McAdoo Racing’s Adam McLean says he will approach next year’s Isle of Man TT with the mindset of a newcomer following the cancellation of the event for two successive years.
McLean only made his debut around the 37.73-mile Mountain Course in 2017 and has competed at the TT twice, with the Tobermore rider forced to miss road racing’s premier spectacle through injury in 2019.
The 25-year-old is recovering from injury after breaking his right humerus in a crash during qualifying at the final round of the British Superstock 600 Championship at Brands Hatch last October.
It was the same arm he broke at the Tandragee 100 in 2019, among other injuries, which ruled him out for the rest of the year.
McLean told the News Letter: “I had been looking forward to the possibility of getting back to the Isle of Man this year at the Classic TT because I haven’t been sine 2018, but then it was cancelled as well because of Covid.
“By the time next year comes around I’ll have missed three years at the TT, but nobody else has been able to race there and it’s the same situation for everyone.
“I’ve only done two TT events and one year at the Classic, so I’m still a relative newcomer,” added McLean, who was the top TT newcomer in his maiden year in 2017.
“So to have missed it for three years, I’ll be going back next year and treating the event as a newcomer – that’s probably the best way to approach it again and I’ll just try and build on things again from there.”
The Co Tyrone meeting was the only Irish road race that went ahead last year due to the impact of the coronavirus pandemic.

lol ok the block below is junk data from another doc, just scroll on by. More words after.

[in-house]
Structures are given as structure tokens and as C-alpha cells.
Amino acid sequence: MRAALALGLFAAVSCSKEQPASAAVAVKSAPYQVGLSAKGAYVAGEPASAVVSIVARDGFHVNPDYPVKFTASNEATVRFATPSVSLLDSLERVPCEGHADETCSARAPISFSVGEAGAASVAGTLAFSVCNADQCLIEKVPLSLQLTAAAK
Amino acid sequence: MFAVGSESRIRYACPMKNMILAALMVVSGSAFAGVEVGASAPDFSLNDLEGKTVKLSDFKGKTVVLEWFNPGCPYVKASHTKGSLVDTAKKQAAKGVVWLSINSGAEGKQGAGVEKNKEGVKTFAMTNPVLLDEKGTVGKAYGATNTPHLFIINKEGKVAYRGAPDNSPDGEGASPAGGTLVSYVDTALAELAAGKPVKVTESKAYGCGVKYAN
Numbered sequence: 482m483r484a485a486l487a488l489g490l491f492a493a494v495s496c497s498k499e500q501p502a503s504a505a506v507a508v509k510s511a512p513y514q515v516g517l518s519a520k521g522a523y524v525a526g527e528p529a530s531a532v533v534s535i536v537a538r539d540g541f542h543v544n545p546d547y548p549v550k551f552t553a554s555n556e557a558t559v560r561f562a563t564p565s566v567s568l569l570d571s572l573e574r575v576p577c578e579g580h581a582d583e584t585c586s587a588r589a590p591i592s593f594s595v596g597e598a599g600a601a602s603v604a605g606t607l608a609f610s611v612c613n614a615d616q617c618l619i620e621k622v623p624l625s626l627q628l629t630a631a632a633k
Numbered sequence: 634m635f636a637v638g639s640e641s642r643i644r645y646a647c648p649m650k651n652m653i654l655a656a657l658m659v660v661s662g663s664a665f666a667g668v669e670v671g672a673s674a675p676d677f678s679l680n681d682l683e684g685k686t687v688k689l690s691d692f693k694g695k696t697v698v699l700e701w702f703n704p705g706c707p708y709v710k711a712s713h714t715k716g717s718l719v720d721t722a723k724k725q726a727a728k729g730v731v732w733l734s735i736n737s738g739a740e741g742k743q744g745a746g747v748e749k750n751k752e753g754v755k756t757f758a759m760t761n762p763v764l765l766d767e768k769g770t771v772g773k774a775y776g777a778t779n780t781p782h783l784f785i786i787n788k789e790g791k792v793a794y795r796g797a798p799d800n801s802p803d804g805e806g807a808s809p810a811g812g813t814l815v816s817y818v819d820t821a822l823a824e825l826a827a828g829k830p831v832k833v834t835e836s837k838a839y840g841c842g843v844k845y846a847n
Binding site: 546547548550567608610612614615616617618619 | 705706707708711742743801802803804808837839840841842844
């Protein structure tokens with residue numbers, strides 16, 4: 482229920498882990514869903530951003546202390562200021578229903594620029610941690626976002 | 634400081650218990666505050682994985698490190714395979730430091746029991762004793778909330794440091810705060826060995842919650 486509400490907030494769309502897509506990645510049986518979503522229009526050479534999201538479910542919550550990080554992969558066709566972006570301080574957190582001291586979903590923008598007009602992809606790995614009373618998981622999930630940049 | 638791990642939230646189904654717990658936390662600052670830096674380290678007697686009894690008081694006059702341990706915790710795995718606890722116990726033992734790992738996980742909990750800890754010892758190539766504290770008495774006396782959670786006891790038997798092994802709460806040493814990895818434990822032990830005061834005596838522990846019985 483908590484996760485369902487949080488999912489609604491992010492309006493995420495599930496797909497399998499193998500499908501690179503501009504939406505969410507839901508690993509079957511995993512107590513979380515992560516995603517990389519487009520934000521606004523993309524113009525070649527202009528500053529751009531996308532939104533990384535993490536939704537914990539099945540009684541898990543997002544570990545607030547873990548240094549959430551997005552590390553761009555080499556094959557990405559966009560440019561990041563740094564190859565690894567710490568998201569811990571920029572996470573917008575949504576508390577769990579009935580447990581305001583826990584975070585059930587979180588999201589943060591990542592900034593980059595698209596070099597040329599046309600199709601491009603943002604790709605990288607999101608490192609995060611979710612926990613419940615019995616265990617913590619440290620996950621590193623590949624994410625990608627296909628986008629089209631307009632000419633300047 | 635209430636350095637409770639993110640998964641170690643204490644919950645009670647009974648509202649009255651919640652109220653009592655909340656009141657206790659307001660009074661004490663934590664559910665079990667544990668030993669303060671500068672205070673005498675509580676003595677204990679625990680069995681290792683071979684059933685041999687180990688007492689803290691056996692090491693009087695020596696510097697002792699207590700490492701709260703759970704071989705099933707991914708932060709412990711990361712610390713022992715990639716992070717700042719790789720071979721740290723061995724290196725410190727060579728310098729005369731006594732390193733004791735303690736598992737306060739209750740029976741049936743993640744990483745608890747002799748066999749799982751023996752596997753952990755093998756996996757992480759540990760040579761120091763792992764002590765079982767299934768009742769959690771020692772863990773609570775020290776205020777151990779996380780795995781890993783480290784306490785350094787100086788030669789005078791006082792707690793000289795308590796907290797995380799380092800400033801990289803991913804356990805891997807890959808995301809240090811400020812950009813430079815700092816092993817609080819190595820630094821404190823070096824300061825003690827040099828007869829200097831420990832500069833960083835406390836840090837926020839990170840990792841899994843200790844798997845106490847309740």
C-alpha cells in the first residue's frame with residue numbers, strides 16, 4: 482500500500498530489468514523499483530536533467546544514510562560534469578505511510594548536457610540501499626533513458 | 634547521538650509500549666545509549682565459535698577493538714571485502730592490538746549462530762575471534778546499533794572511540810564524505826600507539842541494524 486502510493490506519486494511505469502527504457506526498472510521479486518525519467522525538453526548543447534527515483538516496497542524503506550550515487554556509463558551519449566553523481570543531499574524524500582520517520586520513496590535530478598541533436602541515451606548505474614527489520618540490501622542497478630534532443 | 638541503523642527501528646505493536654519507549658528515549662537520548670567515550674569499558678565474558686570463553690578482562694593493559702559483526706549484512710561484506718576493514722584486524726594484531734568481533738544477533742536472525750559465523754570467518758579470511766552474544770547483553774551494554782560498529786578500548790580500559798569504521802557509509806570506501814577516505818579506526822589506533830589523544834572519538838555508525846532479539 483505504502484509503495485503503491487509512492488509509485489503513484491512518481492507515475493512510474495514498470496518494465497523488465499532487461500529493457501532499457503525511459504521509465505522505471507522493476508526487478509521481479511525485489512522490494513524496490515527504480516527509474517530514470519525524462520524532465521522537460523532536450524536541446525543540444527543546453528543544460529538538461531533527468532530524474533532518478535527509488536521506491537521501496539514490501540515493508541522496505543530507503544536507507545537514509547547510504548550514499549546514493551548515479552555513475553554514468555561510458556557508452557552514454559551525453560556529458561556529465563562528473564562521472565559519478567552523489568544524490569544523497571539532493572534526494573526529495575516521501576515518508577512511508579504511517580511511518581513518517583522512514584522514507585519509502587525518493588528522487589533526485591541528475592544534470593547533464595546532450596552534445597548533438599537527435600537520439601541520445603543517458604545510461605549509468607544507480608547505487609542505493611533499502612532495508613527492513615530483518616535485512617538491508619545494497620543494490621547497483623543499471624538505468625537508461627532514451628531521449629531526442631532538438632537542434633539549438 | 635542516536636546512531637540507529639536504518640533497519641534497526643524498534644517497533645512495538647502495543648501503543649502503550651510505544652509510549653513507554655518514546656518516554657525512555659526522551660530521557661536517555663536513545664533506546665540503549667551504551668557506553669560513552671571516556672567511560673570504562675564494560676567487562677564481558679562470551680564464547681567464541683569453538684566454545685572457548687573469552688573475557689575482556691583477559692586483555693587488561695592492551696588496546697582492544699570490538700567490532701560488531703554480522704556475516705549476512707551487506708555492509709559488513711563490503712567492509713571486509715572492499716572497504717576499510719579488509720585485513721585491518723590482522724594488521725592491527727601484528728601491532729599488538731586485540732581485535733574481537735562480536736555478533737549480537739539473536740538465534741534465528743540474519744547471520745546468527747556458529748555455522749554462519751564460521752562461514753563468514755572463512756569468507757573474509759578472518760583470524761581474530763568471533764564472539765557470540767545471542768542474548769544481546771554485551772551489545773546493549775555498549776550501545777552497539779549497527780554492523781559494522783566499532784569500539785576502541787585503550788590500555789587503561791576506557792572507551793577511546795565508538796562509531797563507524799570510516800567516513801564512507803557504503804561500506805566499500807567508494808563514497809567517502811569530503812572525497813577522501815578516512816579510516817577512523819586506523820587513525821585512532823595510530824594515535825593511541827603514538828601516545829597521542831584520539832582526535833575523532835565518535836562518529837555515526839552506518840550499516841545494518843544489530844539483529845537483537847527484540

Once again, the Irish road racing calendar has been heavily hit by the ongoing effects of Covid-19 this year, with Armoy at the end of July and the Cookstown 100 – postponed from its traditional April weekend until September – the only races currently set to go ahead.
McLean and new team-mate Darryl Tweed from Ballymoney are likely to be familiar names on the entry list at any Ulster short circuit races that take place over the summer, with both riders eager to take advantage of whatever track time is available given the scarcity of domestic racing over the past year.
McLean said: “I had some nerve damage in the arm which left my wrist very weak, but it has been healing better than I expected and I’m confident I’ll be ready to race come June.
“We most likely would do the short circuit races here because it’s mileage and track time, which we’re not getting a lot of at the moment, so if there’s racing on we’ll be there.
“There are four events planned for Scarborough but unfortunately the last two clash with Armoy and Cookstown, which is disappointing because I’d like to have raced at the Cock ’o the North meeting and the Gold Cup. I was there in 2017 and haven’t been back since, but I would like to get back over there and race again at some stage.
“But it just depends on how the situation goes with travel in Europe, although I’d like to go if it was possible and do one or two of them if the situation allows.
“Hopefully road racing can bounce back from this next year because it’s been tough and there’s no real guarantee of a schedule at this stage.”